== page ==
Cambridge Platonists

Cambridge Platonists

Cambridge Platonists, group of English philosophers, centered at Cambridge in the latter half of the 17th cent. In reaction to the mechanical philosophy of Thomas Hobbes this school revived certain Platonic and Neoplatonic ideas. Chief among these was a mystical conception of the soul's relation to God and the belief that moral ideas are innate in man. Although tending toward mysticism, the school also stressed the importance of reason, maintaining that faith and reason differ only in degree. The assertion of the founder of the school, Benjamin Whichcote, that "the spirit in man is the cradle of the Lord" became the motto for the entire movement. Other leading members were Ralph Cudworth, Henry More, and John Smith.

See G. R. Cragg, ed., The Cambridge Platonists (1968); E. Cassirer, The Platonic Renaissance in England (tr. 1953, repr. 1970).

Group of 17th-century British philosophic and religious thinkers. Led by Benjamin Whichcote (1609–1683), it included Ralph Cudworth and Henry More (1614–1687) at Cambridge and Joseph Glanvill (1636–1680) at Oxford. Educated as Puritans, they reacted against the Calvinist emphasis on the arbitrariness of divine sovereignty. In their eyes, Thomas Hobbes and the Calvinists erred in making the voluntarist assumption (see voluntarism) that morality consists in obeying the will of a sovereign. Morality, they asserted, is essentially rational, and the good person's virtue is grounded in an understanding of the eternal and immutable nature of goodness, which not even God can alter through sovereign power.

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The Cambridge Platonists were a group of philosophers at Cambridge University in the middle of the 17th century (between 1633 and 1688).

Programme

The Cambridge Platonists were reacting to two pressures. On the one hand, the dogmatism of the Puritan divines, with their anti-rationalist demands, were, they felt, immoral and incorrect. They also felt that the Puritan/Calvinist insistence upon individual revelation left God uninvolved with the majority of mankind. At the same time, they were reacting against the materialist writings of René Descartes and Thomas Hobbes. They felt that the latter, while properly rationalist, were denying the idealistic nature of the universe. To the Cambridge Platonists, religion and reason were in harmony, and reality was comprised not of sensation, but of "intelligible forms" that exist behind perception. Universal, ideal forms (a la Plato) inform matter, and the senses are unreliable guides to reality.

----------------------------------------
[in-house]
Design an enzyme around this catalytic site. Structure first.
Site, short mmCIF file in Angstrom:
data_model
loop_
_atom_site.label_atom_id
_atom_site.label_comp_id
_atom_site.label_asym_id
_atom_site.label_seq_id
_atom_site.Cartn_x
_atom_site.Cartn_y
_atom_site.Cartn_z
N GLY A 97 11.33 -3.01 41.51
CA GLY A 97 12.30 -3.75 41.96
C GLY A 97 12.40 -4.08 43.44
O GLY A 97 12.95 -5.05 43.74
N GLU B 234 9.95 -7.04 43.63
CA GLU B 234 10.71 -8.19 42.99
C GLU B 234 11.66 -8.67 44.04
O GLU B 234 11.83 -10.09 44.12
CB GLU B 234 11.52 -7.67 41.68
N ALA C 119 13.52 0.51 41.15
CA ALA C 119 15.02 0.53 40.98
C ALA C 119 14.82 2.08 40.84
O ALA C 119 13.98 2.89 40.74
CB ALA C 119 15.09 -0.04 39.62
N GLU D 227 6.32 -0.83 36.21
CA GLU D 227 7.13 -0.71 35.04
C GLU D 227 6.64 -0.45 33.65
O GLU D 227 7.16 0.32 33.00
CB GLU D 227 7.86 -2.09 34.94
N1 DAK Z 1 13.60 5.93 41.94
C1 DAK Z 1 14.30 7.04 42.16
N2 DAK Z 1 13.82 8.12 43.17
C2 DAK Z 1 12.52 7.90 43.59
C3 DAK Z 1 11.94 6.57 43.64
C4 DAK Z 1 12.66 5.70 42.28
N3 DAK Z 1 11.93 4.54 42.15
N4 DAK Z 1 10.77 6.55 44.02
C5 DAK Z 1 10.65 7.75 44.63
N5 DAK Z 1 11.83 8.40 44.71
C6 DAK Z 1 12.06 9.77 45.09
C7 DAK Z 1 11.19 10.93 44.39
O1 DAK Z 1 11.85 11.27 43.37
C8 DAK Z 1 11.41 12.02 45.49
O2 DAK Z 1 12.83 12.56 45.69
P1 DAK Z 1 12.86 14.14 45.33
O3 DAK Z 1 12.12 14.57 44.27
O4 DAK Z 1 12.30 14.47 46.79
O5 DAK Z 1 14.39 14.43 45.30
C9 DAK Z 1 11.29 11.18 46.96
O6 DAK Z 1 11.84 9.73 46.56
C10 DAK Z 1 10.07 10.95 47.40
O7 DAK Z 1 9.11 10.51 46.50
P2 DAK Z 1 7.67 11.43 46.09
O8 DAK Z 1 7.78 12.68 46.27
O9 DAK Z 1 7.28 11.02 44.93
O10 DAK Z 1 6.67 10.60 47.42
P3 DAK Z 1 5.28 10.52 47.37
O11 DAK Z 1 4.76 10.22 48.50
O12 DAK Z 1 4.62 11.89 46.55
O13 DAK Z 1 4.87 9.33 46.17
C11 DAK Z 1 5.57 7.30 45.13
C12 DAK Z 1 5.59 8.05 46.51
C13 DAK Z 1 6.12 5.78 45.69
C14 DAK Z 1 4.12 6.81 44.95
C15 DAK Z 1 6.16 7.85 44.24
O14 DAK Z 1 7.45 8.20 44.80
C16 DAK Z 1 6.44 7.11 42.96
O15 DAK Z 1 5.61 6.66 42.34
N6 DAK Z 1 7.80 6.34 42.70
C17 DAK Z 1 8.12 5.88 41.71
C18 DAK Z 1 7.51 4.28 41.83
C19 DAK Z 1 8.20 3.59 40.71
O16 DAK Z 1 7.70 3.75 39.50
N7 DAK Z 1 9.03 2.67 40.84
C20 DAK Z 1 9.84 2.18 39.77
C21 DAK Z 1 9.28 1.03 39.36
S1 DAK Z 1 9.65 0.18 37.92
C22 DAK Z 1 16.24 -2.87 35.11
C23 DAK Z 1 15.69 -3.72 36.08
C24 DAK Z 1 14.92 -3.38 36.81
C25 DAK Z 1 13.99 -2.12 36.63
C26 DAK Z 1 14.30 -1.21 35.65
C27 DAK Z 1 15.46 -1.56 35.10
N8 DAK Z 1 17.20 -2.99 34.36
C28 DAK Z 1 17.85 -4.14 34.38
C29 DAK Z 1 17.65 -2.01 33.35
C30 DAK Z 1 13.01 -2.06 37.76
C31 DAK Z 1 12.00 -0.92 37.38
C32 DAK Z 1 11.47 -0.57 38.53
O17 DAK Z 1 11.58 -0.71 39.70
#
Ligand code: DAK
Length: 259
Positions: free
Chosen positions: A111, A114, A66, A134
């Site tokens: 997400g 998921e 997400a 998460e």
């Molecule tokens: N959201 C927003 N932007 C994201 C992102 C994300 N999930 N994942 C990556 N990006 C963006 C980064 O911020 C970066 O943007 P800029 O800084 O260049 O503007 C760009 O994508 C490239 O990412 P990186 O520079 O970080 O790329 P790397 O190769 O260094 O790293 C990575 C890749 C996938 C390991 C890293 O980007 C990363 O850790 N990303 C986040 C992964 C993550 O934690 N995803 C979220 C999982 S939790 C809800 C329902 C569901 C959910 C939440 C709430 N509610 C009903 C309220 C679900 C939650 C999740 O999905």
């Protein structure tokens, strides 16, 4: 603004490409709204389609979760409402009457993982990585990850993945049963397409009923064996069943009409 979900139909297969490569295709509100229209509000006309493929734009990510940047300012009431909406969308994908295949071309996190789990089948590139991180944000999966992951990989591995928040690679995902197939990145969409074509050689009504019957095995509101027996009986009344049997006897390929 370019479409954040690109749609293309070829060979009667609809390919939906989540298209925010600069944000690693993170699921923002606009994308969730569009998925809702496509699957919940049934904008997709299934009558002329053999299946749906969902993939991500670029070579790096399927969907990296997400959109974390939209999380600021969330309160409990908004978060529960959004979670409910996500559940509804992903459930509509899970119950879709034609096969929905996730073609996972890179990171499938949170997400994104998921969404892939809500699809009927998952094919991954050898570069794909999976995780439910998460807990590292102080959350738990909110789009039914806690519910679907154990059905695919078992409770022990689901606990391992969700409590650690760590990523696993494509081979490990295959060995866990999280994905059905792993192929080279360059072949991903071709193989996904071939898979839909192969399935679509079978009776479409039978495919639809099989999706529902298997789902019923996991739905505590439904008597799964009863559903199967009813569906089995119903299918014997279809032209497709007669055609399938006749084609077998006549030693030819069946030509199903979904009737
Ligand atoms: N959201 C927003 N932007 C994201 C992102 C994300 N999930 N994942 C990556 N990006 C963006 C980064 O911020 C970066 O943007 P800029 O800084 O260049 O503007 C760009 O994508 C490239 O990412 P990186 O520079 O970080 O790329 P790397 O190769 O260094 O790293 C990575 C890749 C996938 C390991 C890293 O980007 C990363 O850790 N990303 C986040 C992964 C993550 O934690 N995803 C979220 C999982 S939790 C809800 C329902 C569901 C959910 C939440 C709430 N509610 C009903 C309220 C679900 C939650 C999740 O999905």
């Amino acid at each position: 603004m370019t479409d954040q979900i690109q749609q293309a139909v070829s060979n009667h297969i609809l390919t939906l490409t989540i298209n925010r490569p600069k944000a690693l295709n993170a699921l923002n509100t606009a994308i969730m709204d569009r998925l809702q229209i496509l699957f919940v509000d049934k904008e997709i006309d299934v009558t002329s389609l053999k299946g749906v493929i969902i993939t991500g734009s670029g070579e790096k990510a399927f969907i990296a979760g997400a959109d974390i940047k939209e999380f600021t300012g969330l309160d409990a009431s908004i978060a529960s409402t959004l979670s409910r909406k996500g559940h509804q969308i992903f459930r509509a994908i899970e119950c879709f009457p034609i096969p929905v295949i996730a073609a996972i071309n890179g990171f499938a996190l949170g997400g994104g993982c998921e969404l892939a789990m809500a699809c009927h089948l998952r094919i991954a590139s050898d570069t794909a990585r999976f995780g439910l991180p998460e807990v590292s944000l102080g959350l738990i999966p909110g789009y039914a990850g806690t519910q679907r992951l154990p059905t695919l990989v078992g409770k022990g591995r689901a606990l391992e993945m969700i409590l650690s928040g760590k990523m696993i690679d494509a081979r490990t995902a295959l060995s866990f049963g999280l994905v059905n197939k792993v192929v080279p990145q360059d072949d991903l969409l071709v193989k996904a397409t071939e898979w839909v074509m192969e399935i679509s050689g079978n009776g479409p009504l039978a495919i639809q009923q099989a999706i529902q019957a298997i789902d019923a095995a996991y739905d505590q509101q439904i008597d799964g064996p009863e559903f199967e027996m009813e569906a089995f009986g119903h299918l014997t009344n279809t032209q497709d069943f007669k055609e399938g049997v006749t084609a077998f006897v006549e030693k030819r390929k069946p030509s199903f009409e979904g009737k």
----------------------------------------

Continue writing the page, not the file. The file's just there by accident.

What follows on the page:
As divines and in matters of polity, the Cambridge Platonists argued for moderation. They believed that reason is the proper judge of all disagreements, and so they advocated dialogue between the Puritans and the High Churchmen. They had a mystical understanding of reason, believing that reason is not merely the sense-making facility of the mind, but, instead, "the candle of the Lord" - an echo of the divine within the human soul and an imprint of God within man. Thus, they believed that reason could lead beyond the sensory, because it is semi-divine. Reason was, for them, of God, and thus capable of nearing God. Therefore, they believed that reason could allow for judging the private revelations of Puritan theology and the proper investigation of the rituals and liturgy of the Established Church. For this reason, they were called latitudinarians.

Representatives

Works of the Cambridge Platonists

  • Cudworth's chief philosophical work was The True Intellectual System of the Universe (1678) and the Treatise concerning Eternal and Immutable Morality, which appeared posthumously in 1731.
  • Culverwel's chief work was Light of Nature (1652). Culverwel died young (probably at the age of 32). He had intended to write a multi-part work reconciling the Gospel with philosophical reason.
  • Henry More (1614–1687) wrote many works. As a Platonist, his important works were Manual of Ethics (1666), the Divine Dialogues (1668), and the Manual of Metaphysics (1671). While all of More's works enjoyed popularity, the Divine Dialogues were perhaps most influential.
  • John Smith, a student of Benjamin Whichcote, left no literary remains but was active in the discursive works of the other Platonists.
  • Benjamin Whichcote (1609–1683) was one of the leaders of the movement, but he was also an active pastor and academic who did not publish in his lifetime. His sermons were notable and caused controversies, and Whichcote wrote a great deal without publishing. In 1685, Some Select Notions of B. Whichcote was published due to demand. After that was Select Sermons (1689) (with a preface by Shaftesbury) and Several Discourses (1701). Finally, a collection of his sayings appeared as Moral and Religious Aphorisms in 1703.

External links

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